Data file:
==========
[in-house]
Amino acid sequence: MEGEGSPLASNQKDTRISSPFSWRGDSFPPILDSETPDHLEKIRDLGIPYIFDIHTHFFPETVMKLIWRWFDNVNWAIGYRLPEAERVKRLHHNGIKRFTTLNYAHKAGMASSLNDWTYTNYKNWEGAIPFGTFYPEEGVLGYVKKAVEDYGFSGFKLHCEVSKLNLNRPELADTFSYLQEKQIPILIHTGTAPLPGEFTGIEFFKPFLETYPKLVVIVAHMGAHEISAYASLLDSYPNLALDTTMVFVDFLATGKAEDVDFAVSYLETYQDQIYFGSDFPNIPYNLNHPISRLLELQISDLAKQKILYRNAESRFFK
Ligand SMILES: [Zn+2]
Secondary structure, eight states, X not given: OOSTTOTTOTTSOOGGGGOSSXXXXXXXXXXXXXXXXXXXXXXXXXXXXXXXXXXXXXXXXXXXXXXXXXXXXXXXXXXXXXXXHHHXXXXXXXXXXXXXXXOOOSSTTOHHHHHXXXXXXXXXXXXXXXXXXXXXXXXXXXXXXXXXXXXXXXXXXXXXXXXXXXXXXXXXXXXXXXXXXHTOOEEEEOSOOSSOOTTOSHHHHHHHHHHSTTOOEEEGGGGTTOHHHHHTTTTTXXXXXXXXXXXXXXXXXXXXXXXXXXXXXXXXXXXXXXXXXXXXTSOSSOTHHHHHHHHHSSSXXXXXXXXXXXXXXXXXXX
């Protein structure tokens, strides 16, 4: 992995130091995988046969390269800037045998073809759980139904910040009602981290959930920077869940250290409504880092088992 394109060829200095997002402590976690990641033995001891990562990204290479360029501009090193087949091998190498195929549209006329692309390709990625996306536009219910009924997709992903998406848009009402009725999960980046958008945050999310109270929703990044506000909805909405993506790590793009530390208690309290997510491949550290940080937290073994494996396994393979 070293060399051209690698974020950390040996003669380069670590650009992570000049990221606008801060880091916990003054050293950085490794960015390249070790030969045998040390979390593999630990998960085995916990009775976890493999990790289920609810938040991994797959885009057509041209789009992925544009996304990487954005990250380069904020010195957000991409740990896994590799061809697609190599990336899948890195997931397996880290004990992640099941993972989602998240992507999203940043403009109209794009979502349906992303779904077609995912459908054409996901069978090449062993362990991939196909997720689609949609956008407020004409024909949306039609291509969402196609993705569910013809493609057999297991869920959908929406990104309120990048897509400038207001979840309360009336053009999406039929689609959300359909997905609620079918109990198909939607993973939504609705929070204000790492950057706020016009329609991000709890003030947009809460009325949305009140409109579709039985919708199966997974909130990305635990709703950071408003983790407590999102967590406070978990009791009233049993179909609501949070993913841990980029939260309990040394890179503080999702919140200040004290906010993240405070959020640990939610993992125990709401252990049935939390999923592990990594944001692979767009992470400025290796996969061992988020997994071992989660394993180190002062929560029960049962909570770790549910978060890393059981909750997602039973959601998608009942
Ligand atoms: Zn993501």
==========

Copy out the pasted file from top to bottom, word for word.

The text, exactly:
[in-house]
Amino acid sequence: MEGEGSPLASNQKDTRISSPFSWRGDSFPPILDSETPDHLEKIRDLGIPYIFDIHTHFFPETVMKLIWRWFDNVNWAIGYRLPEAERVKRLHHNGIKRFTTLNYAHKAGMASSLNDWTYTNYKNWEGAIPFGTFYPEEGVLGYVKKAVEDYGFSGFKLHCEVSKLNLNRPELADTFSYLQEKQIPILIHTGTAPLPGEFTGIEFFKPFLETYPKLVVIVAHMGAHEISAYASLLDSYPNLALDTTMVFVDFLATGKAEDVDFAVSYLETYQDQIYFGSDFPNIPYNLNHPISRLLELQISDLAKQKILYRNAESRFFK
Ligand SMILES: [Zn+2]
Secondary structure, eight states, X not given: OOSTTOTTOTTSOOGGGGOSSXXXXXXXXXXXXXXXXXXXXXXXXXXXXXXXXXXXXXXXXXXXXXXXXXXXXXXXXXXXXXXXHHHXXXXXXXXXXXXXXXOOOSSTTOHHHHHXXXXXXXXXXXXXXXXXXXXXXXXXXXXXXXXXXXXXXXXXXXXXXXXXXXXXXXXXXXXXXXXXXHTOOEEEEOSOOSSOOTTOSHHHHHHHHHHSTTOOEEEGGGGTTOHHHHHTTTTTXXXXXXXXXXXXXXXXXXXXXXXXXXXXXXXXXXXXXXXXXXXXTSOSSOTHHHHHHHHHSSSXXXXXXXXXXXXXXXXXXX
């Protein structure tokens, strides 16, 4: 992995130091995988046969390269800037045998073809759980139904910040009602981290959930920077869940250290409504880092088992 394109060829200095997002402590976690990641033995001891990562990204290479360029501009090193087949091998190498195929549209006329692309390709990625996306536009219910009924997709992903998406848009009402009725999960980046958008945050999310109270929703990044506000909805909405993506790590793009530390208690309290997510491949550290940080937290073994494996396994393979 070293060399051209690698974020950390040996003669380069670590650009992570000049990221606008801060880091916990003054050293950085490794960015390249070790030969045998040390979390593999630990998960085995916990009775976890493999990790289920609810938040991994797959885009057509041209789009992925544009996304990487954005990250380069904020010195957000991409740990896994590799061809697609190599990336899948890195997931397996880290004990992640099941993972989602998240992507999203940043403009109209794009979502349906992303779904077609995912459908054409996901069978090449062993362990991939196909997720689609949609956008407020004409024909949306039609291509969402196609993705569910013809493609057999297991869920959908929406990104309120990048897509400038207001979840309360009336053009999406039929689609959300359909997905609620079918109990198909939607993973939504609705929070204000790492950057706020016009329609991000709890003030947009809460009325949305009140409109579709039985919708199966997974909130990305635990709703950071408003983790407590999102967590406070978990009791009233049993179909609501949070993913841990980029939260309990040394890179503080999702919140200040004290906010993240405070959020640990939610993992125990709401252990049935939390999923592990990594944001692979767009992470400025290796996969061992988020997994071992989660394993180190002062929560029960049962909570770790549910978060890393059981909750997602039973959601998608009942
Ligand atoms: Zn993501």